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Friday, November 16, 2018

Chiricahua National Monument Rocks!

November 16, 2018
Hi Blog!

We hadn't heard much about Chiricahua National Monument before arriving in Willcox, Arizona. We knew there were some hiking trails in the area, but were not sure what we would find. 

Located approximately 36 miles southeast of Willcox, Arizona, the monument preserves the remains of an immense volcanic eruption that shook the region about 27 million years ago. The thick, white-hot ash spewed forth from the nearby Turkey Creek Caldera, cooled and hardened into rhyolitic tuff, laying down almost 2,000 ft of highly siliceous, dark volcanic ash and pumice. The volcanic material eventually eroded into the natural rock formations of the present monument.

Sugarloaf Mountain
By far the most noticeable natural features in the park are the rhyolite rock pinnacles for which the monument was created to protect. Rising sometimes hundreds of feet into the air, many of these pinnacles are balancing on a small base, seemingly ready to topple over at any time. The Civilian Conservation Corps, during their occupation here in the 1930s, named many of the rock formations that can be seen today. This rock didn't have a name, so we named him.

Guardian of the Trail
Rising 9,763 feet, the Chiricahua sky island is an isolated mountain range rising above the surrounding grassland sea. The Chiricahua called these pinnacles "standing up rocks."

Sea of Standing Up Rocks
We started our adventure with a drive up Bonita Canyon Drive. This scenic drive winds eight miles to Massai Point, climbing through oak, cypress and pine forests. The drive ends at Massai Point overlooking Rhyolite Canyon. The expansive views along the mountain drive reminded us of Going to the Sun Highway in Glacier National Park, but without all the traffic!

By following a series of trails, we set our sights on Heart of Rocks Loop. Along the way, we passed a few pinnacles.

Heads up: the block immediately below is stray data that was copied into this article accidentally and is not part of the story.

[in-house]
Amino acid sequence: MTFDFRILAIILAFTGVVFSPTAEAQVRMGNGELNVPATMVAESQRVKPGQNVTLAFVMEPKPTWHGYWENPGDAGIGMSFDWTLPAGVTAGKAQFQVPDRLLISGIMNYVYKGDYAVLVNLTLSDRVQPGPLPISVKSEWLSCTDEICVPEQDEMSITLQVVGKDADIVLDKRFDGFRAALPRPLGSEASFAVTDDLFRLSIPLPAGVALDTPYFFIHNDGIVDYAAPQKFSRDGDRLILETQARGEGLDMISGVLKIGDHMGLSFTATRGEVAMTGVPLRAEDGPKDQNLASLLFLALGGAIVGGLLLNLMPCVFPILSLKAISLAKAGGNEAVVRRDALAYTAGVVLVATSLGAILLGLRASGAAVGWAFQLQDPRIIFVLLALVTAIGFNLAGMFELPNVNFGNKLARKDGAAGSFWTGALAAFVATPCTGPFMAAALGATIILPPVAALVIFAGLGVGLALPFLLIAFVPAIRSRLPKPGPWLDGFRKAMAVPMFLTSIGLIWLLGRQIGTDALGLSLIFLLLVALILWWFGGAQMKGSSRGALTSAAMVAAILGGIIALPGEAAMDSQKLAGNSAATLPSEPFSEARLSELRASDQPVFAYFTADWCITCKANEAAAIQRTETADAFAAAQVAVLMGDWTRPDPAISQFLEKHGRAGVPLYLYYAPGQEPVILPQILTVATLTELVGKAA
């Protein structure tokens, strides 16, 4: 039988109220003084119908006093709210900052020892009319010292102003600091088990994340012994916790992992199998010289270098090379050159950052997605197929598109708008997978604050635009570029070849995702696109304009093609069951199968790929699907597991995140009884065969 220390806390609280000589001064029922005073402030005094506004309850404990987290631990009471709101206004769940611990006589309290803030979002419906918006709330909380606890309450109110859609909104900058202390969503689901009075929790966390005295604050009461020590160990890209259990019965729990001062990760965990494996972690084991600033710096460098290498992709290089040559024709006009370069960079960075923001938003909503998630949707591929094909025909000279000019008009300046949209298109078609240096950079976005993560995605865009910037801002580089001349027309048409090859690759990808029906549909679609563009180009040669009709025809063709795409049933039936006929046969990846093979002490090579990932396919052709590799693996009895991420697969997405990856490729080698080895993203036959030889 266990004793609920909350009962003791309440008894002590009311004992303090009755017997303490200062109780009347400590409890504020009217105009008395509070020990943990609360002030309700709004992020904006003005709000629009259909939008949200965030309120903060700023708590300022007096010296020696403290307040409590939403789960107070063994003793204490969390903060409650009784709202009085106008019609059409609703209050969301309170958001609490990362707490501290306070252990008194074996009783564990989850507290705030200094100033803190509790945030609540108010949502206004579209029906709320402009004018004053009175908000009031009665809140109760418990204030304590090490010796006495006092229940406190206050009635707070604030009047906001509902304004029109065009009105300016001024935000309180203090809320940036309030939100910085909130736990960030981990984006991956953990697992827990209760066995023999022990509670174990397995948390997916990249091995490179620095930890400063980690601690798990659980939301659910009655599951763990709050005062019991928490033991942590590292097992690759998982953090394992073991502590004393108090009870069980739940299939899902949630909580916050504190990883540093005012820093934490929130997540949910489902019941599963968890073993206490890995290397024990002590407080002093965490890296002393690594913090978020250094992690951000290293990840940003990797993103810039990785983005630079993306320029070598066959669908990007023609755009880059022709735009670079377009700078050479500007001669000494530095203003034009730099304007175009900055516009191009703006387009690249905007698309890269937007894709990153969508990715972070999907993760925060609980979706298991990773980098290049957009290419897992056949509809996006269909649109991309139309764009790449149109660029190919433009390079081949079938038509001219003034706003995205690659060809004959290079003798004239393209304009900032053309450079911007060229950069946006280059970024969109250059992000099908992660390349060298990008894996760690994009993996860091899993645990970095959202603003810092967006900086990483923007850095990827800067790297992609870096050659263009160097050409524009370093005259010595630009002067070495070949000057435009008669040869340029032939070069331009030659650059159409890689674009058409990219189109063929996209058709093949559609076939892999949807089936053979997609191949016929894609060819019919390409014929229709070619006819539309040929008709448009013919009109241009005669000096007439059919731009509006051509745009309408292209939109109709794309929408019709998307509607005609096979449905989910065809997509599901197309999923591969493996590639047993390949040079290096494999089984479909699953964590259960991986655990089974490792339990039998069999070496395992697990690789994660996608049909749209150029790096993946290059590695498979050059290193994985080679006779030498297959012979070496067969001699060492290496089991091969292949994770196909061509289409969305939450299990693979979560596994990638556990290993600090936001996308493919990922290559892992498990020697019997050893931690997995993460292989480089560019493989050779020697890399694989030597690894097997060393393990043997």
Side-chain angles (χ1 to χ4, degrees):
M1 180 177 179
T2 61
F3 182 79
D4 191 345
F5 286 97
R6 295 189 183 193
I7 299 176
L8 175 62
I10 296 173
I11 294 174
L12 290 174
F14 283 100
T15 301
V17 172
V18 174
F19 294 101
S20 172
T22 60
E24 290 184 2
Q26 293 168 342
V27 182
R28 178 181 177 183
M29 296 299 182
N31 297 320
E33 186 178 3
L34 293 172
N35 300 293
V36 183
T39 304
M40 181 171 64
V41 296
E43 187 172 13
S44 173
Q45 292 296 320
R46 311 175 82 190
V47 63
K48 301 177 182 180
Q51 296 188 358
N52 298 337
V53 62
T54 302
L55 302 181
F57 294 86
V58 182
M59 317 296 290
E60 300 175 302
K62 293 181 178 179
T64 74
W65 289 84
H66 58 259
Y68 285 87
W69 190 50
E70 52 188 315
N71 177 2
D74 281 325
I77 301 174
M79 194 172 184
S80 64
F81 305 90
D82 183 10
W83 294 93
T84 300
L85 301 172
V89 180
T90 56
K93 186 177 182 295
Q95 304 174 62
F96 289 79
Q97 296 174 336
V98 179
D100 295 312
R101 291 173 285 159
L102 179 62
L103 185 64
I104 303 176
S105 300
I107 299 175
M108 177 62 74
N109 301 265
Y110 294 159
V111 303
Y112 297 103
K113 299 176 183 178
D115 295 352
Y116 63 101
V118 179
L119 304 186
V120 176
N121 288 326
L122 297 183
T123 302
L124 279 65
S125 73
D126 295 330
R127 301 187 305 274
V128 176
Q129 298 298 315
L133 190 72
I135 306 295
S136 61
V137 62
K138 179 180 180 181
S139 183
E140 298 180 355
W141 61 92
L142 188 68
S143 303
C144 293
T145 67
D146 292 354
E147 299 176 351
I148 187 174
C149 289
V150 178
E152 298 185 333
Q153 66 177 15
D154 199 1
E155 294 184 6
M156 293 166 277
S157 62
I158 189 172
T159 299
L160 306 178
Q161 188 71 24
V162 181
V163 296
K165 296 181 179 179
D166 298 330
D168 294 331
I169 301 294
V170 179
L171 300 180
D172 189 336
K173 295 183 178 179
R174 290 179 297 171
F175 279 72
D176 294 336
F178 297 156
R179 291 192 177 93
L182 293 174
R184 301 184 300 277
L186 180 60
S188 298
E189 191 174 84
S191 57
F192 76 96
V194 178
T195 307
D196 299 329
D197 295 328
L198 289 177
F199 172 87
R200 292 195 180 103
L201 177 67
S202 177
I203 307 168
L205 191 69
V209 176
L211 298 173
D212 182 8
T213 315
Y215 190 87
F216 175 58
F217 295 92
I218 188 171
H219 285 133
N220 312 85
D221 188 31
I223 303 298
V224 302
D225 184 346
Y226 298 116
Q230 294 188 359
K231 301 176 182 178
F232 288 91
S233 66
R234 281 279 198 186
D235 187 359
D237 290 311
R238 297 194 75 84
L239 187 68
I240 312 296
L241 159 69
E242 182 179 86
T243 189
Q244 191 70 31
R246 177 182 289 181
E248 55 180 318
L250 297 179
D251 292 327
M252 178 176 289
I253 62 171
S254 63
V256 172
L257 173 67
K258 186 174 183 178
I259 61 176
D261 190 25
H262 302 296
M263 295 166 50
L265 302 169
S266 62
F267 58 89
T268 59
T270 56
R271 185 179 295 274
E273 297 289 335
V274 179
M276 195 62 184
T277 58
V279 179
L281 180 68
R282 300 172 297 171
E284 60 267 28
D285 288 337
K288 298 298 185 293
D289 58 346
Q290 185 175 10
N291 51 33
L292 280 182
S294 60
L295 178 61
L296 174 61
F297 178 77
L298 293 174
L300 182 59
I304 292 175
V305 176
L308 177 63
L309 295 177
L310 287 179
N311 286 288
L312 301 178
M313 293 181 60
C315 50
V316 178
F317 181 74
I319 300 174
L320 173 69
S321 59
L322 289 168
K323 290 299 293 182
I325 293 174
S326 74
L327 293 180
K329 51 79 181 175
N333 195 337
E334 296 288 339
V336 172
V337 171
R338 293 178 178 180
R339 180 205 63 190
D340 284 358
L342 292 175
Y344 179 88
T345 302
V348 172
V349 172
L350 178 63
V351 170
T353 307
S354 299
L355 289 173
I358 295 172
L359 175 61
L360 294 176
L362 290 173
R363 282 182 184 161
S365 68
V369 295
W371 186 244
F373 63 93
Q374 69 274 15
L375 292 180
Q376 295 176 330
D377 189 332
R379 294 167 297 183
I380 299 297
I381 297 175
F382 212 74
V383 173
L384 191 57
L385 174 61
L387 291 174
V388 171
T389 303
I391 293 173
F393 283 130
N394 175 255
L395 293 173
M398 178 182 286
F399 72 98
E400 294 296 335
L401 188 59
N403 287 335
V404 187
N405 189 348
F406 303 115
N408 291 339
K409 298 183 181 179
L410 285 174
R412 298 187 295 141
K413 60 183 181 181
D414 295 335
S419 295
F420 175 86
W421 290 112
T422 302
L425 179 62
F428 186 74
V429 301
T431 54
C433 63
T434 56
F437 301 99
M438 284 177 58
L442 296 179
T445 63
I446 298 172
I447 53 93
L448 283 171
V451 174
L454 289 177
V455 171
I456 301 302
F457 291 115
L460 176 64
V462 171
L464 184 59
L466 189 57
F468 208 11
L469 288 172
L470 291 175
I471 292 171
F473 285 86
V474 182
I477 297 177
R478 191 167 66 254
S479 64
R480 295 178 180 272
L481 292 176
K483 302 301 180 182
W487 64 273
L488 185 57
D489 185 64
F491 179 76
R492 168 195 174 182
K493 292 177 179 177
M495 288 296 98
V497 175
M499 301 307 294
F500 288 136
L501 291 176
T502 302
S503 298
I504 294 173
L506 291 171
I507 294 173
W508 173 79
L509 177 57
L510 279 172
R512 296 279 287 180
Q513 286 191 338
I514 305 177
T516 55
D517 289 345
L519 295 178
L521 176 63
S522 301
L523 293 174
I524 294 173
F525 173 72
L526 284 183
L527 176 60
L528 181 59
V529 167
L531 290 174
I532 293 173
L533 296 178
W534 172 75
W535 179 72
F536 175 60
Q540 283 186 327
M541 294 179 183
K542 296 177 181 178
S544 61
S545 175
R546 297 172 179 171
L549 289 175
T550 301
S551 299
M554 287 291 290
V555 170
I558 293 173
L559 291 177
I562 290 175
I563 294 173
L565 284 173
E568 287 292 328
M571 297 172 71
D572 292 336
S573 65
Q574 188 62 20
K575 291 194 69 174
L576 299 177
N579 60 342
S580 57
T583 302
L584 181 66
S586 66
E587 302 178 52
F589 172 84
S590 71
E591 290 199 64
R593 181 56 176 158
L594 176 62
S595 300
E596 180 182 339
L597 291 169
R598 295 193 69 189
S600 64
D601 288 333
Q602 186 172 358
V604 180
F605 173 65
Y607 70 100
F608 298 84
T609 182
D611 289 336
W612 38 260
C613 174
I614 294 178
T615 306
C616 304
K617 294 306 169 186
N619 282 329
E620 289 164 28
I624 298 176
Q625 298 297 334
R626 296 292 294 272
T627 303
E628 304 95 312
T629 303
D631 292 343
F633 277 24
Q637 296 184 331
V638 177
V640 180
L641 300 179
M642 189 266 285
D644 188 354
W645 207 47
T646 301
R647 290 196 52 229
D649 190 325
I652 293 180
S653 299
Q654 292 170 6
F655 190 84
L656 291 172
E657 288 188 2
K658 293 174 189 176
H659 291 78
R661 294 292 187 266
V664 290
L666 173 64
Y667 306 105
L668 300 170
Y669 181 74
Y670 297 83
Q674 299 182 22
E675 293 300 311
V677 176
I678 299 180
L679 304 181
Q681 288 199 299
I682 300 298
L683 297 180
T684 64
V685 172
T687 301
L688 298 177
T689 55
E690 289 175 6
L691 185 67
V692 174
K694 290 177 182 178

We stopped to have lunch in the shadow of this balanced rock. We thought it was THE big balanced rock, but we later passed the actual Big Balanced Rock.

Not the Big Balanced Rock
As we approached the Big Balanced Rock, we took a video to let you see some of what we saw. Click the link to see a 360 Degree View from the heights near Big Balanced Rock.

Below are just some of the cool hoodoos we encountered.

Happy Family


Sock Puppet

Punch and Judy

Duck on Rock

Kissing Rock

Balanced Rock

Mushroom Rock
As we worked our way back to the trailhead, we stopped to admire the amazing stonework done by the CCC back in the 1930s.

CCC Trail Construction
After we finished our hike, we drove back down the Bonita Canyon Drive. We just happened to catch this little coatimundi crossing the road. To our surprise, it stopped to take a look at us as we drove by.

The coatimundi wasn't the only curious creature in the park. This little doe gave us the once over.

white tail deer
And that, my "dears," is the story of our adventure. Tomorrow we head for Quartzsite, Arizona. Stay tuned.

Thursday, November 15, 2018

Hiking the Cochise Stronghold

Outcrops of eroded, rounded boulders feature in many places across the Southwest, in such diverse locations as Joshua Tree National Park and Pinnacles National Park in California, Granite Mountain in north Arizona, and Hueco Tanks in Texas. Another, not so well known location is Cochise Stronghold, part of the Coronado National Forest in southeast Arizona, part of the Dragoon Mountains of Arizona, which are a relatively small range, extending north-south for 20 miles, south of Interstate 10, between Tucson to the west and Willcox to the east.

Most of the hills are traditional in appearance, with wooded, rounded peaks and ridges but at the Stronghold, over an area approximately 2 by 3 miles, the underlying brownish granite is largely exposed, and weathered to form a varied array of domes, fines, pinnacles and boulder piles.